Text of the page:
Do not use jQuery’s live()

Hey, here’s a quick post, because I’m going through some old code and am in the process of refactoring and updating a lot of Javascript. jQuery is a powerful library that is very easy to use. Therein lies the problem: its simplicity makes it an easy target to be misused by developers. One easy way of misusing the library is by using the live() function. Luckily it’s been removed in v1.9, so no further abuse is possible. The live() function is used to listen to incoming events on all items matching the selector, even if they don’t exist at the time. It’s a handy feature to use if you have a lot of dynamic content on your page and don’t want to re-add event listeners every time the content changes.

If you have a list of some sort and would like to add to the list a new item with a listener, you could do the following:

Clickable demo 1: Using live()

And with this all the items added to the list will be heard and do the same as the existing one. The code does this by catching all events on document level and scanning through the sources and doing what you are expecting of it. Catching all events on document level is pretty bad and causes performance issues.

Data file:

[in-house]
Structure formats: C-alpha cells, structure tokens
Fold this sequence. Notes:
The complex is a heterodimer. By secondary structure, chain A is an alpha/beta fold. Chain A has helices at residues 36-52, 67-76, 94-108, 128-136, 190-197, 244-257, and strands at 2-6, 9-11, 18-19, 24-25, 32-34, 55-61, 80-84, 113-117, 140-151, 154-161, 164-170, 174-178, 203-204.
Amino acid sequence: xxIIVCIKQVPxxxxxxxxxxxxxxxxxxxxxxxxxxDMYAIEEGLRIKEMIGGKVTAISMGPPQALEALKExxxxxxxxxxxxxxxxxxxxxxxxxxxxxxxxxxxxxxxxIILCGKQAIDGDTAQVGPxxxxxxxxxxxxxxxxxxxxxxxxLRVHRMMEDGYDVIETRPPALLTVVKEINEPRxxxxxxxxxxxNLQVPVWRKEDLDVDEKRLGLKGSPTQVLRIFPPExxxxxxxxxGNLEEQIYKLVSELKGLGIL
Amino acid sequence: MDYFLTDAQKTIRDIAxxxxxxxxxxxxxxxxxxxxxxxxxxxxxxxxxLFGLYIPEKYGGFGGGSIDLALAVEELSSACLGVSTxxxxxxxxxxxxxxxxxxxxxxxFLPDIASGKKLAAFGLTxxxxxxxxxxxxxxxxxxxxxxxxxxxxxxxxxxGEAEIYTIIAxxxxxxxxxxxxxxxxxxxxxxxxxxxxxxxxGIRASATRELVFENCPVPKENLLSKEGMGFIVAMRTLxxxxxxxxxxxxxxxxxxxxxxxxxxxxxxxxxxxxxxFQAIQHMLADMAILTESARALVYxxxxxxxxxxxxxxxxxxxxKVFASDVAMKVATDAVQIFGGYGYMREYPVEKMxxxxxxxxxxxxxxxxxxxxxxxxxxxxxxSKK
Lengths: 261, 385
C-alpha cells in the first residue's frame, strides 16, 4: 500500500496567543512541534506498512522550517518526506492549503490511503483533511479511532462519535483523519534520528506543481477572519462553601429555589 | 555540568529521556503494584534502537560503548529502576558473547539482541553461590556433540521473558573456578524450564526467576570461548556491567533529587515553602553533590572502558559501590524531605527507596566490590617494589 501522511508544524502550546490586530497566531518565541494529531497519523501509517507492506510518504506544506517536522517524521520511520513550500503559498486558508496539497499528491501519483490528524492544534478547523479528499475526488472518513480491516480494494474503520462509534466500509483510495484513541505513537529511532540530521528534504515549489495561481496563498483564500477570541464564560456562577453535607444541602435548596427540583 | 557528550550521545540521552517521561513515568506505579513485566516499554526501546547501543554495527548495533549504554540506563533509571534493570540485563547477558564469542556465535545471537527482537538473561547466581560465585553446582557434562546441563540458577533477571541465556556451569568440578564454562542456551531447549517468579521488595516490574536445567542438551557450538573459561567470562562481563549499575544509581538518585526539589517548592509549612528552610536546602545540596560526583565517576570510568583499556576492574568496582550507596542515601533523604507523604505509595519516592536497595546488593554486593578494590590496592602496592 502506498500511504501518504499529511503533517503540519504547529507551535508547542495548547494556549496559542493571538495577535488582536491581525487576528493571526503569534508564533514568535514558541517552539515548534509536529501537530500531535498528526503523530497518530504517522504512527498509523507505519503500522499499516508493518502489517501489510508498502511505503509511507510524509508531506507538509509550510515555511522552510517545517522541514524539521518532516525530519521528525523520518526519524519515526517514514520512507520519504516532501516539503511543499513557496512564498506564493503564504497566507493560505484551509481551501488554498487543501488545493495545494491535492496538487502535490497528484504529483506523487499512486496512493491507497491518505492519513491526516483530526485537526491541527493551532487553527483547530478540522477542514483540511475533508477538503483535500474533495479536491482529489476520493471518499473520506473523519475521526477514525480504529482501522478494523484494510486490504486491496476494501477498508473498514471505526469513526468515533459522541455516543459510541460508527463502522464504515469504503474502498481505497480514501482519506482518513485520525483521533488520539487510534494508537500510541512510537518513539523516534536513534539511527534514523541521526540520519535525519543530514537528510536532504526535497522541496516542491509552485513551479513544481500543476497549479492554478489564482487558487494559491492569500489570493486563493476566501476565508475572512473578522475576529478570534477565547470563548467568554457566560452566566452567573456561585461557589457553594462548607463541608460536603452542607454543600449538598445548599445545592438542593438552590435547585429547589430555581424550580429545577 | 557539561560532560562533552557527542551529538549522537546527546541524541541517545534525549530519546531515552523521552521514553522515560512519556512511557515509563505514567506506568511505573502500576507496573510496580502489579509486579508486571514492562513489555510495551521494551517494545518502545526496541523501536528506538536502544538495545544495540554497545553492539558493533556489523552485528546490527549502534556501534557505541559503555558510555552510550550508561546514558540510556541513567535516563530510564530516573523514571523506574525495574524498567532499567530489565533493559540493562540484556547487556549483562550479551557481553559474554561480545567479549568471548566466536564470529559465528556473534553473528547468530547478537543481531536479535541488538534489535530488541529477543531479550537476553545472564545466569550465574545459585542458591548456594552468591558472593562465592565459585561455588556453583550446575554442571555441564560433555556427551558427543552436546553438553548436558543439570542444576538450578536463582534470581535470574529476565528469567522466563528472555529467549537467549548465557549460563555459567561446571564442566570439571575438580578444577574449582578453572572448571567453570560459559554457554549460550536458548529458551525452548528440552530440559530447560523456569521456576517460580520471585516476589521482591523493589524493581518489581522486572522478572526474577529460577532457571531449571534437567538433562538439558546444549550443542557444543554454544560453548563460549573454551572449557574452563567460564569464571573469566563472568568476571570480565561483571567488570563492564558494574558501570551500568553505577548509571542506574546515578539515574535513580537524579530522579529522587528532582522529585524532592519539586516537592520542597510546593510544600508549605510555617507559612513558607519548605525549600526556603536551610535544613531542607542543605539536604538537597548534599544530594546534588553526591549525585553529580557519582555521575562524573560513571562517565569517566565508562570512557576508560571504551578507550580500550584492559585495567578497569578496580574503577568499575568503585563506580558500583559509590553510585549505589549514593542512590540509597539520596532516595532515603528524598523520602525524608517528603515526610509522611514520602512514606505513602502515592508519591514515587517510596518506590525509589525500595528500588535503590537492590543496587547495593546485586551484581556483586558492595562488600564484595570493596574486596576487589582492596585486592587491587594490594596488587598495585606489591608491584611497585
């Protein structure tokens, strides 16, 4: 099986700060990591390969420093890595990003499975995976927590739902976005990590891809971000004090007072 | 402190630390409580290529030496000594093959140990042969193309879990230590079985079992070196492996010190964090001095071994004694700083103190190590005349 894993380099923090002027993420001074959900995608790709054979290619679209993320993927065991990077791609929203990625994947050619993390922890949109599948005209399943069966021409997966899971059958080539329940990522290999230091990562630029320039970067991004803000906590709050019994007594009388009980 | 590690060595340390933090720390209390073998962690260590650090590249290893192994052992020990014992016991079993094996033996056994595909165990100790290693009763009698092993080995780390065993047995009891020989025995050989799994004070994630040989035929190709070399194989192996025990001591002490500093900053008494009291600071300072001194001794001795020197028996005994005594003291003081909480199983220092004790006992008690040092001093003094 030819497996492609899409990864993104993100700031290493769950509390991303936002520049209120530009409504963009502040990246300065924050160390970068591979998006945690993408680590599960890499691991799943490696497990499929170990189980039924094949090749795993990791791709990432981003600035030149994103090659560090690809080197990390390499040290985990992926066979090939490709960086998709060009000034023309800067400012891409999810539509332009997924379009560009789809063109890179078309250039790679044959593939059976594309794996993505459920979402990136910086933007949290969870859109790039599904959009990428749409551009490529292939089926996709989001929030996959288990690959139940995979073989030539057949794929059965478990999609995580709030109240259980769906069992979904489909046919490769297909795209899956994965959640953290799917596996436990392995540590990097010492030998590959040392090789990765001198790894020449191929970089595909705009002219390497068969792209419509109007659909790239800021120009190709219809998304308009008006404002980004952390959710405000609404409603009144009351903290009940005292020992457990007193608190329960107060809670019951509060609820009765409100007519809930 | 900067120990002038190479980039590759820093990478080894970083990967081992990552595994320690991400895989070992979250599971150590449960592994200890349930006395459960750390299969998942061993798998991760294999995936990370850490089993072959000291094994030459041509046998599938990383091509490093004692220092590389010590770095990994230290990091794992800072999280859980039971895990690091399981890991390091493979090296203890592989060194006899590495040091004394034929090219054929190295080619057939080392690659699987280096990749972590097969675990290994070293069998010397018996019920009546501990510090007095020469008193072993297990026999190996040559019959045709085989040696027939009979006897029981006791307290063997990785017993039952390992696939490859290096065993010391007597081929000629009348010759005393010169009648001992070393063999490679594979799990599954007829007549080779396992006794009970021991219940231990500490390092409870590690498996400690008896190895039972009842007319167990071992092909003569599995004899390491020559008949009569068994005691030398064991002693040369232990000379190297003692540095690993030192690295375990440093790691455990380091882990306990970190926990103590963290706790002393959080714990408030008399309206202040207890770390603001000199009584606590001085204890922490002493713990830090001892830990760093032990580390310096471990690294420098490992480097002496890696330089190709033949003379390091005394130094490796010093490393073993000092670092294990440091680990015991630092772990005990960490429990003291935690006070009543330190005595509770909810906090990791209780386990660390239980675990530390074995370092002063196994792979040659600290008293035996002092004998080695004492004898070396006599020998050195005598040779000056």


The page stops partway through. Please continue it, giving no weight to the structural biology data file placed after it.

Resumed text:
The better way is to set a path yourself and try to make it as small as possible. You can do this by using the same old on() function in jQuery, but you add an extra parameter telling the parent what events to listen to. Here’s how:

Clickable demo 2: Using custom hierarchy

With this you put a click-handler on all ULs in your document, but it only fires if the clicks come from any A-child elements. And just like that, it’s clean and ready for the future!

Note that in this example I added an onload handler as well, because my JavaScript is above my HTML.

2 comments

  • Rolf

    works with later added dom elems too? With the additional param (event)?

  • Bondt

    Hey Rolf, it depends on the level of the element. The element (on which you want to receive the events) has to be there the moment you call the on() function. That’s why in the second piece of code I added jQuery’s onload to make sure the UL is there when I need it. Let me know if this helps. :-)

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